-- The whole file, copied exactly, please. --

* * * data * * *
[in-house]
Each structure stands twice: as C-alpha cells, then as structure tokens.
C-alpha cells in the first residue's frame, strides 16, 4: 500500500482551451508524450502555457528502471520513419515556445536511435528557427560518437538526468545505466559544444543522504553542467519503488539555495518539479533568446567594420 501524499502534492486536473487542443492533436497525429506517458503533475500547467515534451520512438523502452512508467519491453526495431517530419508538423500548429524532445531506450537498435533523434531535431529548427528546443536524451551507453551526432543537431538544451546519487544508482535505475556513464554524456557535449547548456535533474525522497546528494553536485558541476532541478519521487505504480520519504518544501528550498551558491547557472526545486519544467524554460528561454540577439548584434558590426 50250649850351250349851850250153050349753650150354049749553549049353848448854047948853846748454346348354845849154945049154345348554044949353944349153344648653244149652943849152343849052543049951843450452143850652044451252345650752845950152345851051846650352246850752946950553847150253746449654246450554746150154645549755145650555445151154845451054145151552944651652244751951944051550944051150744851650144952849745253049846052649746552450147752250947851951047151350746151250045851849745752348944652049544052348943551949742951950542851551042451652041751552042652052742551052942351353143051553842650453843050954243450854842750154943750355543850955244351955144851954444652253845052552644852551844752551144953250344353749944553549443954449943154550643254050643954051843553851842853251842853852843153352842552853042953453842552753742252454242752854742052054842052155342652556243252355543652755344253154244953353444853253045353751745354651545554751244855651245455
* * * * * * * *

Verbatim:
[in-house]
Each structure stands twice: as C-alpha cells, then as structure tokens.
C-alpha cells in the first residue's frame, strides 16, 4: 500500500482551451508524450502555457528502471520513419515556445536511435528557427560518437538526468545505466559544444543522504553542467519503488539555495518539479533568446567594420 501524499502534492486536473487542443492533436497525429506517458503533475500547467515534451520512438523502452512508467519491453526495431517530419508538423500548429524532445531506450537498435533523434531535431529548427528546443536524451551507453551526432543537431538544451546519487544508482535505475556513464554524456557535449547548456535533474525522497546528494553536485558541476532541478519521487505504480520519504518544501528550498551558491547557472526545486519544467524554460528561454540577439548584434558590426 50250649850351250349851850250153050349753650150354049749553549049353848448854047948853846748454346348354845849154945049154345348554044949353944349153344648653244149652943849152343849052543049951843450452143850652044451252345650752845950152345851051846650352246850752946950553847150253746449654246450554746150154645549755145650555445151154845451054145151552944651652244751951944051550944051150744851650144952849745253049846052649746552450147752250947851951047151350746151250045851849745752348944652049544052348943551949742951950542851551042451652041751552042652052742551052942351353143051553842650453843050954243450854842750154943750355543850955244351955144851954444652253845052552644852551844752551144953250344353749944553549443954449943154550643254050643954051843553851842853251842853852843153352842552853042953453842552753742252454242752854742052054842052155342652556243252355543652755344253154244953353444853253045353751745354651545554751244855651245455